Wednesday, October 7, 2009

Wednesday Math, Vol. 91: Robinson's New Higher Arithmetic, part 1


Years ago, a friend bought a copy of a math textbook first published in the 19th Century at a yard sale and gave it to me. I never asked how much it cost, though given it was a yard sale I expect it was about a quarter or so. This is one of those examples of that quaint old phrase "It's the thought that counts."

Over the next few weeks, I'm going to use Wednesday Math to discuss Robinson's New Higher Arithmetic, a textbook used at high schools, academies and mercantile colleges one hundred years ago or more.

The book itself. The copyright is 1895. The only inscription is inside the front cover, the name "Henry Mountain" with no date given. There are no mentions of first printing, second printing, etc. It's possible that the copy I have actually left the book binders in the 19th Century, but the text was in print for a long time. I assume the ink was dry on my copy well before the start of World War I.

The cover is dirty and the pages are yellow, but for a book ninety years old or more, it's in remarkable shape. I treat it gently, no leafing through it as high speeds to find a particular passage, but it the binding is still strong and no pages are at risk of falling out.

Any of us would be glad to show so little wear and tear when we are past ninety.

As you can see from my hand on the cover, it's a handbook. While it's over 500 pages long, it's very light and compact, something I wish was true about textbooks today. The "new" part of Robinson's New Higher Arithmetic is the fact it is a second edition. In the preface, mention is made that the first version of the book had been available for some thirty five years.

Textbooks were handbooks and there could be thirty five years between changes of editions. The textbook industry back in the day is nothing like the rapacious beast it has now become.

Saved for posterity: If I should lose my copy, there is no worry that all of Robinson's knowledge will fade from the scene forever. Some company still has reprints of the 1895 book available in paperback. It can't be used as a text today, so I'm not sure who pays the big bucks to buy it. More practically, Google has a version of the book online saved as a .pdf file.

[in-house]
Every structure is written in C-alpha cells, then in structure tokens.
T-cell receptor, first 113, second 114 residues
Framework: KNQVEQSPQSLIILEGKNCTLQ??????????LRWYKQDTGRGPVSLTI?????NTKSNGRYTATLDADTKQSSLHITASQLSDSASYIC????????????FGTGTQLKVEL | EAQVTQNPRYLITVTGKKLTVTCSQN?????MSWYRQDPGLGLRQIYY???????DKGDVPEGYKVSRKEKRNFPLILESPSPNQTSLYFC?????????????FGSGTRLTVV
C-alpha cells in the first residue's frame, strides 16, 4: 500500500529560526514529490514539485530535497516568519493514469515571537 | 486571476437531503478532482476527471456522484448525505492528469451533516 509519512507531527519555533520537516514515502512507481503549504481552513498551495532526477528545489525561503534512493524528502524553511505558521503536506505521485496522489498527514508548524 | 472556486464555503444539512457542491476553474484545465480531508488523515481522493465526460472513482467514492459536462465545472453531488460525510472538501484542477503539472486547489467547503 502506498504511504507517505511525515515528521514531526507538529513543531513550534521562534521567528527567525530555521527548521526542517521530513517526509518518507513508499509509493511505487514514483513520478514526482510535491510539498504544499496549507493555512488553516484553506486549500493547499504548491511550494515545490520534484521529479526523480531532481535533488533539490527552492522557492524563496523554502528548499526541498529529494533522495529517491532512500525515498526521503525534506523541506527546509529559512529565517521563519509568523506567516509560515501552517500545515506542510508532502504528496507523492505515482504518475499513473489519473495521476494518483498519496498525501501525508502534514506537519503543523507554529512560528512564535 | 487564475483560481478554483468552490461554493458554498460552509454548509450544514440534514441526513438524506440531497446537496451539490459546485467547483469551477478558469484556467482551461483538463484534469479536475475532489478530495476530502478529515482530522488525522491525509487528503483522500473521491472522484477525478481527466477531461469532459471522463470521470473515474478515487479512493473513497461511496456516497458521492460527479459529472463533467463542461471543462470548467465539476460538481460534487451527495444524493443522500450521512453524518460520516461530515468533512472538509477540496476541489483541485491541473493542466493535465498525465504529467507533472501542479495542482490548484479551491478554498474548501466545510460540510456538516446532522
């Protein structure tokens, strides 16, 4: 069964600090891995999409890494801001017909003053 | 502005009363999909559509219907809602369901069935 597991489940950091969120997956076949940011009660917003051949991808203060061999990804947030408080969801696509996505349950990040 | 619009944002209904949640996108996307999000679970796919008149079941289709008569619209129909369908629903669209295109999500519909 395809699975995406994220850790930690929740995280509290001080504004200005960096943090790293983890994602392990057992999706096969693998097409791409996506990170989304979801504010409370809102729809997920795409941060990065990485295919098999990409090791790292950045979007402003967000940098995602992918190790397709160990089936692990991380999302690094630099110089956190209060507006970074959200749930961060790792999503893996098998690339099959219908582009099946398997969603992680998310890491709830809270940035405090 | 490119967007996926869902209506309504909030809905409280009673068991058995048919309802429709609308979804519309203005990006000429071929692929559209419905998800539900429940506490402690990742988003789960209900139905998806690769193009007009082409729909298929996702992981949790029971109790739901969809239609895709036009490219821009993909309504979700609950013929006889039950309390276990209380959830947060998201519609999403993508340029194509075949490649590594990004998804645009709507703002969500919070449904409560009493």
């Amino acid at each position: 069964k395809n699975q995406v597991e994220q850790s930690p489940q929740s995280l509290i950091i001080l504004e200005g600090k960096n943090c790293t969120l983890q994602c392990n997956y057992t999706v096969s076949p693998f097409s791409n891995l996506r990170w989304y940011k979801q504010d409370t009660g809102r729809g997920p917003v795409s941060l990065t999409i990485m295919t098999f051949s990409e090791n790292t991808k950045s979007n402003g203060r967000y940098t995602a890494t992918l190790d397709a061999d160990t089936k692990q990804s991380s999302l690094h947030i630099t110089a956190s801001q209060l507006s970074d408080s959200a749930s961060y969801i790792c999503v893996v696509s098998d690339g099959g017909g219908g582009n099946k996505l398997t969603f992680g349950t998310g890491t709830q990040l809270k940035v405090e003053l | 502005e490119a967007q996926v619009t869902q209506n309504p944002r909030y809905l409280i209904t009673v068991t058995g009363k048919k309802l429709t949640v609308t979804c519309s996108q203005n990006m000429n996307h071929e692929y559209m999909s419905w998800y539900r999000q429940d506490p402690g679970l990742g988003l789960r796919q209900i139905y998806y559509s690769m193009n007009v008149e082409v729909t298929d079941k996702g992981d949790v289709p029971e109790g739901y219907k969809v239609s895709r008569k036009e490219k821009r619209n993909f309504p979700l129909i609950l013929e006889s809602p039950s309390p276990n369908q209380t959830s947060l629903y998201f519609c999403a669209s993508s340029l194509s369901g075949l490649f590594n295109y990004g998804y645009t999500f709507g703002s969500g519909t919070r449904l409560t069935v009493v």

This is a wacky series of tubes, I tell ya.

Arithmetic, not algebra: This is a book about addition, subtraction, multiplication and division. It also uses exponents and roots. In the 19th Century, using exponents was called involution and using roots was evolution.

The most surprising topic in the book to me is the inclusion of different base systems, like binary or ternary, which back then were called scales of notation. Understanding base 2 or base 8 or base 16 has a practical value now for people who use computers. Tom Lehrer made fun of it making a comeback into the curriculum in the 1960's in his song New Math. I'm not sure how these would have been practical back in Robinson's day, and the people who wrote this thing are all about practicality.

There is no assumption on Robinson's part that his readers need to learn the mathematical methods that lead to the study of calculus. Abbreviations and symbols in formulas are not used. For example, the area of a triangle is not given as A = bh/2, or even Area = base x height x 1/2, but instead by this sentence.

RULE. - Divide the product of the base and altitude by 2. Or, Multiply the base by one half the altitude.

Robinson banished the symbol π from his book. If a calculation needs it, the approximation 3.1416 is used. If the formula calls for π/4, the decimal .7854 will do.

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I'm having a lot of fun going through the book. The next few Wednesdays will be devoted to some of the interesting things I've found in Robinson's, most of them amusingly quaint but some that still have practical purposes today.

Ooh, I'm serializing an account! I think I might get the hang of this 19th Century style of writing!
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1 comment:

dguzman said...

You're so literary and mathy.